Case #3: A woman farmer wanted an improved system for collecting water, because the long walk to find water and bring it home again was time- and energy-intensive. So she made a gutter from a bamboo stem and lashed it to her roof with jute rope. She put palm leaves in the shape of a funnel at the end of the gutter. The palm funnel directed rainwater to the ground and ensured that it wasn’t lost by splashing all around. She dug a ditch to receive the water from the palm funnel, and placed a large stone in the ditch, which formed a pond. Now, when she needs water, she simply collects it from the ditch. She has plans to divert the water in the ditch to her crops through a series of channels.
In this story, a woman finds a labour-saving method to collect water. Which of the following three statements do you agree with?
1. This is not a true innovation. The woman is simply using materials in her immediate environment to help her save water. She has not invented anything new, so this cannot be called an innovation.
FEEDBACK: Farmer innovation often builds on indigenous or traditional knowledge. This is exactly what the woman did. She was familiar with the properties of the materials in her immediate environment – bamboo stems, palm leaves and ditches – and she used those materials to create a technology which solved her problem. Innovation does not always mean “invention” in the sense of something which has never been seen before. More often, it means applying what you already know or what someone has done to a new situation.
2. We don’t know if this is an innovation or not, because we don’t know whether other farmers in the woman’s community or elsewhere have tried these techniques.
FEEDBACK: This may be true. But, even if other women have tried these methods, this woman’s situation is, presumably, unique, and her application of known principles to her unique situation qualifies, in the broad sense, as innovation. Even if women in other communities in other countries have tried this technique, this woman is innovating by adapting knowledge to her unique situation.
3. This is a good example of farmer innovation. Many, if not most, innovations do not involve invention of a unique methodology. Rather, they use familiar materials in new ways, or they try methods that have been used successfully in new environments.
FEEDBACK: Yes, this is the broad sense of innovation that we are talking about in this online course and scriptwriting competition.
Case #4: Two women rice farmers share the many techniques they use to better conserve stored rice seed. Their effective techniques include:
- keeping seed only in containers which are airtight,
- sealing the pores in earthenware containers, both inside and outside, with paint or cooking oil,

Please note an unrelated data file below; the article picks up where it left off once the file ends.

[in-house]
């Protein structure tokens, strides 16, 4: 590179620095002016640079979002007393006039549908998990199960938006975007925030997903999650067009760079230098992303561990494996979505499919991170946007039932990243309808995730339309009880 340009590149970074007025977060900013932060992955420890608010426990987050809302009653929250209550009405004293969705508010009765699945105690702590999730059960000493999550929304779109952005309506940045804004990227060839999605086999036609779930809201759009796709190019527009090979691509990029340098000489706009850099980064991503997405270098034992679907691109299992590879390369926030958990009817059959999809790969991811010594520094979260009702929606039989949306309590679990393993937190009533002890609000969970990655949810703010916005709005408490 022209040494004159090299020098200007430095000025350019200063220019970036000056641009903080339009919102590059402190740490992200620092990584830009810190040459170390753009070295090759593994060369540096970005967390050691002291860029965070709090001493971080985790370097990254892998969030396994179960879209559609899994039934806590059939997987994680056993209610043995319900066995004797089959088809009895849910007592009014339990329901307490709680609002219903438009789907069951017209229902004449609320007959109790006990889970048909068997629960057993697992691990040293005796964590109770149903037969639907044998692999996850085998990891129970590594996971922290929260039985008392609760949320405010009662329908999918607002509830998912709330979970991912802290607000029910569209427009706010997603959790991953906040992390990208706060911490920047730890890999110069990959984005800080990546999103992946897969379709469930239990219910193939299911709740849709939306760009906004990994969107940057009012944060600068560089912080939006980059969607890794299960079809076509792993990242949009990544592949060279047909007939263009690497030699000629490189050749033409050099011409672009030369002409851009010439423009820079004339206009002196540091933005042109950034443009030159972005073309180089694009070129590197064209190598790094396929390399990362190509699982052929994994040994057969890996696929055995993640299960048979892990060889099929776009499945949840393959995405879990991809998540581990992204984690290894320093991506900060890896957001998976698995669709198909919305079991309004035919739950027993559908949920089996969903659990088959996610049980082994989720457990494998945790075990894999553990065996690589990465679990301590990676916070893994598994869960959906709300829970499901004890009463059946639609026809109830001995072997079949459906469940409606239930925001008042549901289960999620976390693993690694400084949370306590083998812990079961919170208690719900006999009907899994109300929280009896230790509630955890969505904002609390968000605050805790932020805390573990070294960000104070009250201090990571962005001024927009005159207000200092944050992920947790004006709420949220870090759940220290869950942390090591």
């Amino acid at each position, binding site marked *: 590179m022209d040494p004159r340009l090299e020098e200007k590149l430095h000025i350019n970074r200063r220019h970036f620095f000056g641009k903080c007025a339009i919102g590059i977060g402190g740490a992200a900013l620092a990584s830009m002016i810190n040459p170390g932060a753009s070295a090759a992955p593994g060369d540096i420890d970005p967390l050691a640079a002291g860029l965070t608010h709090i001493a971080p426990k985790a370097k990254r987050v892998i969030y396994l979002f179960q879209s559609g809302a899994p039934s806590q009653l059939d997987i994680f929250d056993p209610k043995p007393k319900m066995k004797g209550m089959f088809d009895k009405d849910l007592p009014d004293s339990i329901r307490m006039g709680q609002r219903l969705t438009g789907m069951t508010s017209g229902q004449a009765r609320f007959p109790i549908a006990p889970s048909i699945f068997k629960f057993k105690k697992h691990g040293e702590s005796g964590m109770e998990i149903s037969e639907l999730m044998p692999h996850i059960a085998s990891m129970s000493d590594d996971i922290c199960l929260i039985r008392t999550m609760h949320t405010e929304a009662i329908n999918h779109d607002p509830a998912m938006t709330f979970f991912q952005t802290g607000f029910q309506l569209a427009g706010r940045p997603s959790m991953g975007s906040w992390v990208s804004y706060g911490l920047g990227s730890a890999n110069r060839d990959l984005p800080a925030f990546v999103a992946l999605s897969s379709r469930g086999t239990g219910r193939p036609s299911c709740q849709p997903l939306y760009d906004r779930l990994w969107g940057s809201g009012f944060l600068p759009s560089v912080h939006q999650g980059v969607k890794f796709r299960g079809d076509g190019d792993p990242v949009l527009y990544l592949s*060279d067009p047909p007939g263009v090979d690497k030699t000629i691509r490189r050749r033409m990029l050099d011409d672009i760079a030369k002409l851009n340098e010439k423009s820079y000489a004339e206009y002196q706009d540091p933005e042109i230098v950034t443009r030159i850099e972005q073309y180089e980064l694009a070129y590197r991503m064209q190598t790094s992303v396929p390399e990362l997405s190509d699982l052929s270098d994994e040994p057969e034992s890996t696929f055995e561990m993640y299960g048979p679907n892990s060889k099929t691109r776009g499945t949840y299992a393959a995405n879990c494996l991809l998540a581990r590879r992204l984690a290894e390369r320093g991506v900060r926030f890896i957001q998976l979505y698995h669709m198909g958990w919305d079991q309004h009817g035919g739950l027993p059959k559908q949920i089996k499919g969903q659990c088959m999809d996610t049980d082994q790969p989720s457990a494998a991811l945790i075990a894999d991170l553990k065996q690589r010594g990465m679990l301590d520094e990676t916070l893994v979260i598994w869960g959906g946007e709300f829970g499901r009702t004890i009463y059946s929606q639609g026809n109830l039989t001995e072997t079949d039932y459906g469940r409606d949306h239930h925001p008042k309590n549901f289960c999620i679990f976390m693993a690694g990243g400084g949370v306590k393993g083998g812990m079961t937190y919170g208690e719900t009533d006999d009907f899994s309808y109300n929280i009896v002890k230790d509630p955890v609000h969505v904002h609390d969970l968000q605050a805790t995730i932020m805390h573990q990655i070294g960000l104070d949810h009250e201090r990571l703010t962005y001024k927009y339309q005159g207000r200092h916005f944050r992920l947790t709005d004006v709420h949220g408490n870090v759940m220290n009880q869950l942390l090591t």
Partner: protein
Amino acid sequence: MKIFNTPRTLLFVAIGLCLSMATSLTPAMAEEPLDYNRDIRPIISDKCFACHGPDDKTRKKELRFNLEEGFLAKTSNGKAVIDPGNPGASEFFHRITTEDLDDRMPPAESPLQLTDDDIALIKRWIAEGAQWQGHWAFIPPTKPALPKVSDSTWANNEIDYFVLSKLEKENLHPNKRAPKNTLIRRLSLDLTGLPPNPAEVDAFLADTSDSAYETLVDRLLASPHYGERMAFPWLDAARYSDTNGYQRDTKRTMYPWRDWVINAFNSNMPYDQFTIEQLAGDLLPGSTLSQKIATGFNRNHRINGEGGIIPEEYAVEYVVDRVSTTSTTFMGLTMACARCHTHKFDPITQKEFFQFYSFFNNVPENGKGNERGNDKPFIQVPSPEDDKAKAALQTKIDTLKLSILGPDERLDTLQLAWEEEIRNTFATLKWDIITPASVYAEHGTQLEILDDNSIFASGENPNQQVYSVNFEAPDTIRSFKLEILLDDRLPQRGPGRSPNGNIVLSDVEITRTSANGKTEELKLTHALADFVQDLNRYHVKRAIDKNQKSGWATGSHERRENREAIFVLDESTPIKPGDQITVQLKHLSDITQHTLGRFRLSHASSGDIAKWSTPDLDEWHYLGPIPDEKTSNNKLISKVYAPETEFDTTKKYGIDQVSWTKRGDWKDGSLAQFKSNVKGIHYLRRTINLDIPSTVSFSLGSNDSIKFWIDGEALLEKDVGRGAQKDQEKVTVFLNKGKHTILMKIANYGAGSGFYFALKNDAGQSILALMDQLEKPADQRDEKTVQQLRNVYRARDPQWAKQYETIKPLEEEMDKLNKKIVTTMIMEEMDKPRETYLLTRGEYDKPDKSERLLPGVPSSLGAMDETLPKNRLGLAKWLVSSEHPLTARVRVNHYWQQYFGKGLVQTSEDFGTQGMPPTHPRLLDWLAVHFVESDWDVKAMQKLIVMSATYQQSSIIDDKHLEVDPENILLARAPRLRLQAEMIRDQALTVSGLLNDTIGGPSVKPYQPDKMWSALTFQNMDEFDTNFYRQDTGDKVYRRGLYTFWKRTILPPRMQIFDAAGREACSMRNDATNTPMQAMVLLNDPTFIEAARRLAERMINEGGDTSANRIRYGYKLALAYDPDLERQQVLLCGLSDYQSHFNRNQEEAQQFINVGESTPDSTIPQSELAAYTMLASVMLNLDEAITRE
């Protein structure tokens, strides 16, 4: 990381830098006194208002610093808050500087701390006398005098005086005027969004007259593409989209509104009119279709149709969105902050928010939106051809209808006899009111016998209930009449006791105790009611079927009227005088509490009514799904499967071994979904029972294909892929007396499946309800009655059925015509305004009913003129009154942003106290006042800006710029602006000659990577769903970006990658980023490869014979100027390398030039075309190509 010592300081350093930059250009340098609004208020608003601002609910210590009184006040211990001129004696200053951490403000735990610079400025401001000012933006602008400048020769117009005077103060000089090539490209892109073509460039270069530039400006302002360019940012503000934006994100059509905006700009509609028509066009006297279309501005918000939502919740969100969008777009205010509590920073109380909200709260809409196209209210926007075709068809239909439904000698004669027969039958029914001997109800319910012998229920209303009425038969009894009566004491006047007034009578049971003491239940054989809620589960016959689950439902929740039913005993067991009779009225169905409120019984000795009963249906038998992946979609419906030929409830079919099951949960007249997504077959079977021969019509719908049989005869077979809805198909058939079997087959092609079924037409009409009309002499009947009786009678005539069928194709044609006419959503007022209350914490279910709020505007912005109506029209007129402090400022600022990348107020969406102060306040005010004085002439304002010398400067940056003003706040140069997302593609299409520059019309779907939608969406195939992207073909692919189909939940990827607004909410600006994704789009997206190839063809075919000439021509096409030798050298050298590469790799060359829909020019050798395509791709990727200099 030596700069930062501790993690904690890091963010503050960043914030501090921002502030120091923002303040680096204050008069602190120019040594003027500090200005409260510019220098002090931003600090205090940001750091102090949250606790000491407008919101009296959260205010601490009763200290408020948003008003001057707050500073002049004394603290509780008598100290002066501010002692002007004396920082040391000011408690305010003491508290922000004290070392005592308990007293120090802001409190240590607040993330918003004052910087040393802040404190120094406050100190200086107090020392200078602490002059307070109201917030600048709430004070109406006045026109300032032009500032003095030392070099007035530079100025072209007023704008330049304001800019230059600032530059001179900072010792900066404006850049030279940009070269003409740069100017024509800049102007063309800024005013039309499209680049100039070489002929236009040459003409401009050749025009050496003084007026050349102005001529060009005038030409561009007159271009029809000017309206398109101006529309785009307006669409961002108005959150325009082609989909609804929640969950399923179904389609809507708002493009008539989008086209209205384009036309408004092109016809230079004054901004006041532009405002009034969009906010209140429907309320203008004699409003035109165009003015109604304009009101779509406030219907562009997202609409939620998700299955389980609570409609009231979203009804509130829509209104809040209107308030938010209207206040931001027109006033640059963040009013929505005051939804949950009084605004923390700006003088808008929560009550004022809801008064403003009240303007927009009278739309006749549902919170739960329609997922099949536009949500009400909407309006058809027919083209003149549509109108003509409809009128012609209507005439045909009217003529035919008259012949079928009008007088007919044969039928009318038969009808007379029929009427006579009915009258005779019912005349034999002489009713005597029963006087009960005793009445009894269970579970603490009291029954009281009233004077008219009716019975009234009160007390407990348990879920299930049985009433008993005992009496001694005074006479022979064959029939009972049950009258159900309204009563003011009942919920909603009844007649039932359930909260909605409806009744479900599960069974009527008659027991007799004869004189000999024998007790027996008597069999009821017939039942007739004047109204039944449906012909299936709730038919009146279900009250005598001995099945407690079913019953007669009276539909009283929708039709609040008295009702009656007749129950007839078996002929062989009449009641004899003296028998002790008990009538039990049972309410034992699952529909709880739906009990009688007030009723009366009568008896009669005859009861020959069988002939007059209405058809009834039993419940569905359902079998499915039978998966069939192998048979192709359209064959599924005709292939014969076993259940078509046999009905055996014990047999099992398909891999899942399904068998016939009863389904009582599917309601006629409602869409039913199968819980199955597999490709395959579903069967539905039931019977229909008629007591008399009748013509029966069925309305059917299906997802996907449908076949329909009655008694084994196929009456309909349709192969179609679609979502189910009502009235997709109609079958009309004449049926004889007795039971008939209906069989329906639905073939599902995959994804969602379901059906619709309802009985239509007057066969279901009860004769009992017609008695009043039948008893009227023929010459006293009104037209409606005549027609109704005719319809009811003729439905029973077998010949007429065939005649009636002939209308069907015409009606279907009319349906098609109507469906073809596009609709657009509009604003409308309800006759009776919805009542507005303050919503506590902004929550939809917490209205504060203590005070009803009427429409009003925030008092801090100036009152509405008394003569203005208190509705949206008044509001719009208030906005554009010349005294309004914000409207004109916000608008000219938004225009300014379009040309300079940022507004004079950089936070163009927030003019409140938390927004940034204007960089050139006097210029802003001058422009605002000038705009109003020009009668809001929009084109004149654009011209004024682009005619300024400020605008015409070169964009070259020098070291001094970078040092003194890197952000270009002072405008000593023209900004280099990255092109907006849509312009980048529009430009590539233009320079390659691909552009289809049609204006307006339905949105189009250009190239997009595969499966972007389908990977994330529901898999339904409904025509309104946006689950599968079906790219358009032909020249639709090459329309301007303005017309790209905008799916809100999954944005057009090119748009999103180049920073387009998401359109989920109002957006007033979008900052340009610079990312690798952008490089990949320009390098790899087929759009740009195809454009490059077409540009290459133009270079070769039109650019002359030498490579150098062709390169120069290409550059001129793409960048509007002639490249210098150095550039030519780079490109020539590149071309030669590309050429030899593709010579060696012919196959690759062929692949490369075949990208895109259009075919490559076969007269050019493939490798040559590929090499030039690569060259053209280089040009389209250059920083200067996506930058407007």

- lighting a candle inside the storage container before closing it to use up all the oxygen and kill any insects inside, and
- adding neem, tobacco and other insect-repellent leaves to the stored seeds.
In this story, women rice farmers are seen as highly knowledge and skilled at conserving stored rice seeds. Which of the following three statements do you agree with?
1. It is impossible to tell if these women are innovators, because we don’t know if they developed these techniques themselves.
FEEDBACK: We agree. If we wanted to find out whether these women were innovators, more research would be required. We would need to speak to the women, and perhaps to other people in their community and perhaps nearby communities. Then we would be able to tell if the methods they used were already known, or whether they were developed by these women.
2. Yes, these women are innovative. The range of knowledge and methods they use to conserve rice seeds is truly innovative.
FEEDBACK: The range of knowledge and methods the women use to conserve rice seeds is truly impressive, but without knowing whether these women developed these techniques themselves, or adapted traditional or modern practices and knowledge to a new situation, we can’t call them innovators. Innovation requires conceiving of and implementing something new. While it is true that the innovation does not have to qualify as never having been seen before, it must be new to the situation, and not just involve the successful implementation of techniques which are known in the community or region.
3. No, these women are not innovative. These are well-known methods which they are simply applying to the task of conserving rice seeds.
FEEDBACK: You may well be right. If you know with certainty that these methods are known in the women’s community, or nearby communities, and that these women are simply making good use of known methods, you are correct in saying that their use of the methods does not qualify as an innovation. However, you must be sure that these techniques are indeed known before saying that the women are not innovative.